CASTLE ROCK – Five parents who serve on Douglas County’s district accountability committee asked lots of questions Tuesday about the voucher charter school slated to open this fall.

Kevin Leung, a member of Douglas County's district accountability committee, at Tuesday's meeting.
Kevin Leung, a member of Douglas County's district accountability committe, questioned staff about the Choice Scholarship School.
The charter school will serve as the administrative home of the 500 students awarded vouchers – worth $4,575 in state and local tax dollars – to private schools in Colorado’s first district-driven voucher pilot.

But the students won’t actually attend classes in a charter school – instead, they’ll be enrolling in the 19 or more “private school partners” approved by the district to accept vouchers in 2011-12.

“As far as we know, nothing like this has been done anywhere,” Robert Ross, the district’s legal counsel, said Tuesday in response to questions. “There is not a pattern for this, we’re creating it.”

District leaders say they’re creating the Choice Scholarship School because it is the most efficient way of tracking the achievement, attendance and funding for students enrolled in the voucher pilot.

Questioning the legality of admissions policies

The idea of using the state’s Charter Schools Act to further a voucher program clearly sparked concern for some members of the district accountability committee.

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Kevin Leung, a committee member who also is a plaintiff in one of two lawsuits filed to stop the voucher pilot, repeatedly cited sections of the law in questioning district staff.

For example, Leung pointed out that state law prohibits a charter from discriminating against students on the basis of religion and the need for special education services.

But 15 of the 19 approved “private school partners” to date are religious and many weigh a student and parent’s religious affiliation in their admissions policies. Some schools state they’re not a good fit for students with disabilities.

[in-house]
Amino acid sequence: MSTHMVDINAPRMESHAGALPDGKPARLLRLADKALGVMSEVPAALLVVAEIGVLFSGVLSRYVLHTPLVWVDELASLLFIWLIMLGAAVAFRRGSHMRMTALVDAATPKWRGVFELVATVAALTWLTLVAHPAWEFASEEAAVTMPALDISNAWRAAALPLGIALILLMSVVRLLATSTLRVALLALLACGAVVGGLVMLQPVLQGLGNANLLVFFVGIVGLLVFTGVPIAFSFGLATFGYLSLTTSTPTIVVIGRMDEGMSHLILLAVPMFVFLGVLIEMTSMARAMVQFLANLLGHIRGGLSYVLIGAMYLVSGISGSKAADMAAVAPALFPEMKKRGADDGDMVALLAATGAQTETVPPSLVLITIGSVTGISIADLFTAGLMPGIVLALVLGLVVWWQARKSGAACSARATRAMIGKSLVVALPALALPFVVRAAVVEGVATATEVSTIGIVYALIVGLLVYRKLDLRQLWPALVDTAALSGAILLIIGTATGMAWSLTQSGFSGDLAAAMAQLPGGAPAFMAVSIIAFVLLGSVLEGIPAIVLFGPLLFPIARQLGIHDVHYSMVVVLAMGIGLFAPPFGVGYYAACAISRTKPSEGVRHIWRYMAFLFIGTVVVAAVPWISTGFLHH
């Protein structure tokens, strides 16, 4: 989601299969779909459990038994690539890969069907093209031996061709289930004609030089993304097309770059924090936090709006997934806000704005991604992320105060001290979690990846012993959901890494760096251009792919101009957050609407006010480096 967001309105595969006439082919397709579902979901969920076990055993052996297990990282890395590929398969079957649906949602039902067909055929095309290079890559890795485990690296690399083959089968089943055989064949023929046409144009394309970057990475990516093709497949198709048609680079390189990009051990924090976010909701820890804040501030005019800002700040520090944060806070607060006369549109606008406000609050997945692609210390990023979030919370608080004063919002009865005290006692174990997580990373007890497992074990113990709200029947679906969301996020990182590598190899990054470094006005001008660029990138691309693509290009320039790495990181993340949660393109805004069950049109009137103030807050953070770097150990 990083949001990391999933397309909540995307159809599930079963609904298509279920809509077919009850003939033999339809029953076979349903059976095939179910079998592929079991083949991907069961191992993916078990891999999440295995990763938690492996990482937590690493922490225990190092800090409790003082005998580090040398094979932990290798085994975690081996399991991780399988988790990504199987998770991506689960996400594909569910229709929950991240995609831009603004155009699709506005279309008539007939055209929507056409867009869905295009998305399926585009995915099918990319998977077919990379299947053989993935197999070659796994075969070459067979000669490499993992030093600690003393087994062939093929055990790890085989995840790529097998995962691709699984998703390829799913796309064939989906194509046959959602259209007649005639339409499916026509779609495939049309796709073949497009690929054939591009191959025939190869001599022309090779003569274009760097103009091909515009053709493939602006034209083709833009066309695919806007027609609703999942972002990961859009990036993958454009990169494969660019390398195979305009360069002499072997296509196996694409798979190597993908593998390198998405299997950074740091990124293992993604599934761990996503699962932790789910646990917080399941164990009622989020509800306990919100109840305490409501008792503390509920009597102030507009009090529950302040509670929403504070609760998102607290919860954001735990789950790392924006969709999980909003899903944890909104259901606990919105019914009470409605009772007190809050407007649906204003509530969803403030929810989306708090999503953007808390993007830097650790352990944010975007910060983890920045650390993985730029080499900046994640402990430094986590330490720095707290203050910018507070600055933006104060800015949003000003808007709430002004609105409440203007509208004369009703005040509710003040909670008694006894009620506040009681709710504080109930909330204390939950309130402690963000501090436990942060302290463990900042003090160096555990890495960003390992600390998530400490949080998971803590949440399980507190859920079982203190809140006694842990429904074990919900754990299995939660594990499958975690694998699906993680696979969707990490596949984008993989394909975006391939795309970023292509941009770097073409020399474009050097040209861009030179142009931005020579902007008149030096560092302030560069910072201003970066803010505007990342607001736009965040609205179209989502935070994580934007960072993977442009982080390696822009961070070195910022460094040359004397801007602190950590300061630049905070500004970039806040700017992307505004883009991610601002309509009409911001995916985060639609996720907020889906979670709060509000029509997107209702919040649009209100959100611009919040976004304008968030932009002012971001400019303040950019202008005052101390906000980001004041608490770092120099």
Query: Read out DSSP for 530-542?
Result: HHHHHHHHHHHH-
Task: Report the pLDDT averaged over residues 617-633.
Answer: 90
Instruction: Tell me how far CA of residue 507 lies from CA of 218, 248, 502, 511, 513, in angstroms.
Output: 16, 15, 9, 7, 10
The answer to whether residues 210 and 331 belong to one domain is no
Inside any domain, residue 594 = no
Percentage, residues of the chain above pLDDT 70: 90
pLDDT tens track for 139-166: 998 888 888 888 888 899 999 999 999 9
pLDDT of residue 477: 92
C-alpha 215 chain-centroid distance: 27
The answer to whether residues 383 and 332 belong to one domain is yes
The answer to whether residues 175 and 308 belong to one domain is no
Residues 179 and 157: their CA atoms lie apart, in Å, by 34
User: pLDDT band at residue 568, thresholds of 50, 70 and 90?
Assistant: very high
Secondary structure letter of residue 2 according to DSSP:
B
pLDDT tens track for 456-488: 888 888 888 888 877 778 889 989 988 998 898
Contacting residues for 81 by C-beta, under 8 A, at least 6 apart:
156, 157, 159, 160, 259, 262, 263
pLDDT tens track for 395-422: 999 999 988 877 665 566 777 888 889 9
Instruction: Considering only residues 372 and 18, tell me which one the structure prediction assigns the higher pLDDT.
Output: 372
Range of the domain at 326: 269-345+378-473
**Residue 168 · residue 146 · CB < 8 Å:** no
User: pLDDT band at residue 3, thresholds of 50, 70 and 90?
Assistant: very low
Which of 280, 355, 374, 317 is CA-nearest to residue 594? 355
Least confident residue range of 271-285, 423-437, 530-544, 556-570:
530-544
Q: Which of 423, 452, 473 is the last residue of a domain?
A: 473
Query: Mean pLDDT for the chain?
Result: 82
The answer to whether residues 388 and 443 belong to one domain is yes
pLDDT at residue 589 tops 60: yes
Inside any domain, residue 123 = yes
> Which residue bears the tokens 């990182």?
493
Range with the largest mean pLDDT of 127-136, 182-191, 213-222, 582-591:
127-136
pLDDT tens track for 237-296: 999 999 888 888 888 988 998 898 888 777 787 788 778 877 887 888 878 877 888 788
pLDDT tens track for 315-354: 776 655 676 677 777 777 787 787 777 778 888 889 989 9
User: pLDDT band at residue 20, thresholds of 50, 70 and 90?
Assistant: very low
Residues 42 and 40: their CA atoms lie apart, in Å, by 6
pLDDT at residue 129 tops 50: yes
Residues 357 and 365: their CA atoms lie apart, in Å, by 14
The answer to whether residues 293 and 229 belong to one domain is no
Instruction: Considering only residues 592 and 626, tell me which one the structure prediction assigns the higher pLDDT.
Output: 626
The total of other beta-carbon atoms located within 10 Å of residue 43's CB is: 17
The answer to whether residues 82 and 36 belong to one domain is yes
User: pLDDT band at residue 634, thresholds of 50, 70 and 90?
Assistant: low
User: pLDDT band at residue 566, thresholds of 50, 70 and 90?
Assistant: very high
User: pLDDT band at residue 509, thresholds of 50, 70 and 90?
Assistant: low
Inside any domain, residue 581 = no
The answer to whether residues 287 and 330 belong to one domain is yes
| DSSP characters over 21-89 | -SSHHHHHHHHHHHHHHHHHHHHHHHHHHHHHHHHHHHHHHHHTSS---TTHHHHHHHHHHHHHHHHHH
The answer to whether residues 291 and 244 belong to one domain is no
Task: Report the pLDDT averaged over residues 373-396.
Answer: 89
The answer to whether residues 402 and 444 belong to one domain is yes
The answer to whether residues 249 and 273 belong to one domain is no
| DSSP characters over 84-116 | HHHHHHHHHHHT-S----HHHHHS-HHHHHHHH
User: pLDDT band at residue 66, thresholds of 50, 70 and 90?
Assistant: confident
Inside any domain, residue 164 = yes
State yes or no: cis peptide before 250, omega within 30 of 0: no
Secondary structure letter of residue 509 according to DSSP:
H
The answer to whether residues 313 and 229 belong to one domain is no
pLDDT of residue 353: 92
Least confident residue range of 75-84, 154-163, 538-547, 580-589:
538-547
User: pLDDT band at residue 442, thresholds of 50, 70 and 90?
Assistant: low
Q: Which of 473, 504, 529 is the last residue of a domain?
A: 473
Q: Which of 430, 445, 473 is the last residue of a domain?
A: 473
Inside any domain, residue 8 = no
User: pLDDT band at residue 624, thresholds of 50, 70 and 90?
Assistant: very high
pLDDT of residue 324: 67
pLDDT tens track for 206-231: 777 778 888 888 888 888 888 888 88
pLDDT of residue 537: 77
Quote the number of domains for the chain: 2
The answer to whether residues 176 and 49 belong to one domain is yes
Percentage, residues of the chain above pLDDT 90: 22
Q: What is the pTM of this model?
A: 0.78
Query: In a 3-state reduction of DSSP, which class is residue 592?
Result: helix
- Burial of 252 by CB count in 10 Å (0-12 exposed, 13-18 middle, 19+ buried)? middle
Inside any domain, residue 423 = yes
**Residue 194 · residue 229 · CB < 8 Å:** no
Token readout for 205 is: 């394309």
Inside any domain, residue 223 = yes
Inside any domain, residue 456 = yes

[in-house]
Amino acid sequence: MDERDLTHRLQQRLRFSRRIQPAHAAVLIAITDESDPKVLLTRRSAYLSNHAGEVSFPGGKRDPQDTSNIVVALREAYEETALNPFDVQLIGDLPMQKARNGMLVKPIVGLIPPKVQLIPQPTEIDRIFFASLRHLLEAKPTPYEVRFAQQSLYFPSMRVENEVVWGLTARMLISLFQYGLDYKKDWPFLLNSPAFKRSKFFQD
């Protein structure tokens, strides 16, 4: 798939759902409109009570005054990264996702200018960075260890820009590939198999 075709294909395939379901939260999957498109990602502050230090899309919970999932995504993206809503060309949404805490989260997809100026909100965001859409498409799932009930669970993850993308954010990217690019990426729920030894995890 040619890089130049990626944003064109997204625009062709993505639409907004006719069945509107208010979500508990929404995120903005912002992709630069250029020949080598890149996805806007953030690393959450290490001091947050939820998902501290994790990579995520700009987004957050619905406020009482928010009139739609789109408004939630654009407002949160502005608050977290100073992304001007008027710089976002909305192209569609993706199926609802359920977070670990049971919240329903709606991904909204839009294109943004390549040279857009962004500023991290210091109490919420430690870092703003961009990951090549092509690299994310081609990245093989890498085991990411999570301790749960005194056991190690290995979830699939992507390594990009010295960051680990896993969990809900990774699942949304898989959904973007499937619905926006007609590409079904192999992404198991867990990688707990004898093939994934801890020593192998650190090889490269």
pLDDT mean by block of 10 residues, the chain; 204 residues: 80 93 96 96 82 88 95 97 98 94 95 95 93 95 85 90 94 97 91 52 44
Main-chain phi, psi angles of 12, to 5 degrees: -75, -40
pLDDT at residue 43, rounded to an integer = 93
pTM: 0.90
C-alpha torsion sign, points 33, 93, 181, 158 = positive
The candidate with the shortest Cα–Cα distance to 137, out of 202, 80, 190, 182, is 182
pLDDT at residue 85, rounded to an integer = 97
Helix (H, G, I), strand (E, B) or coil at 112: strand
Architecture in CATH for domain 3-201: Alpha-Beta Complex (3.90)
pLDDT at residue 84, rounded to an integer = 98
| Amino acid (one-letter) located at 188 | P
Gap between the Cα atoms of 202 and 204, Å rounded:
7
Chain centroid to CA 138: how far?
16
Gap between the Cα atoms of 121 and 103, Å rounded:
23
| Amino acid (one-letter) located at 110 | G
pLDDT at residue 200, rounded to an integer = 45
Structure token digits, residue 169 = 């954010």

For example, Southeast Christian School in Parker “reserves the right to deny admission to any student whose needs we cannot meet or who compromises the expressed mission, goals, purpose, safety or philosophy of Christian education,” its application states.

And Valor Christian High School in Highlands Ranch, in its application, notes ““We do not have a special education program or resource program at Valor as our admissions standards preclude having a population with significant need.”

So, Leung asked Ross, how is the Choice Scholarship School a legal charter?

Ross said that the charter school itself doesn’t prohibit student participation based on religion or other factors. The few criteria to be part of the pilot include living in Douglas County and prior enrollment for at least a year in a Douglas County school.

Once a student is selected for the pilot, he said, it’s up to the families to decide which private school is a good fit: “The remainder is parental choice.”

Choice Scholarship School still needs state approval

By law, district accountability committee members are charged with reviewing all charter applications and making recommendations for approval.

But their input is advisory and school board members, who vote on the applications, have the final say.

In the case of the Choice Scholarship School, Dougco board members already approved it last month – on the condition that the committee review the application and provide input to the board within 48 hours of its meeting.

If the committee opts not to provide input, the application is deemed approved without condition. If input is provided, the board then has the opportunity to address it.

Kevin Larsen, the committee chair, said its recommendations will be sent to the school board by week’s end and then made public. School board members meet Tuesday.

The Choice Scholarship School is still subject to approval by the State Board of Education, which is expected to consider the application at its August meeting.

Ross said district leaders have met with Colorado Department of Education staff about the creation of a charter and “got favorable reviews from them.”

About 25 people attended the district accountability committee meeting and seven made public comments, with speakers for and against the voucher pilot.

At one point, Becky Barnes of Castle Rock, who supports the pilot, stood and asked whether Leung should review the charter application as a plaintiff in a lawsuit against the pilot.

Leung responded that some committee members were discussing running for the school board with the county Republican Party, which backed several pro-voucher board members in the last election.

“This will be a collaborative process,” Larsen, the committee chair, said. “We’ll figure out how to do that.”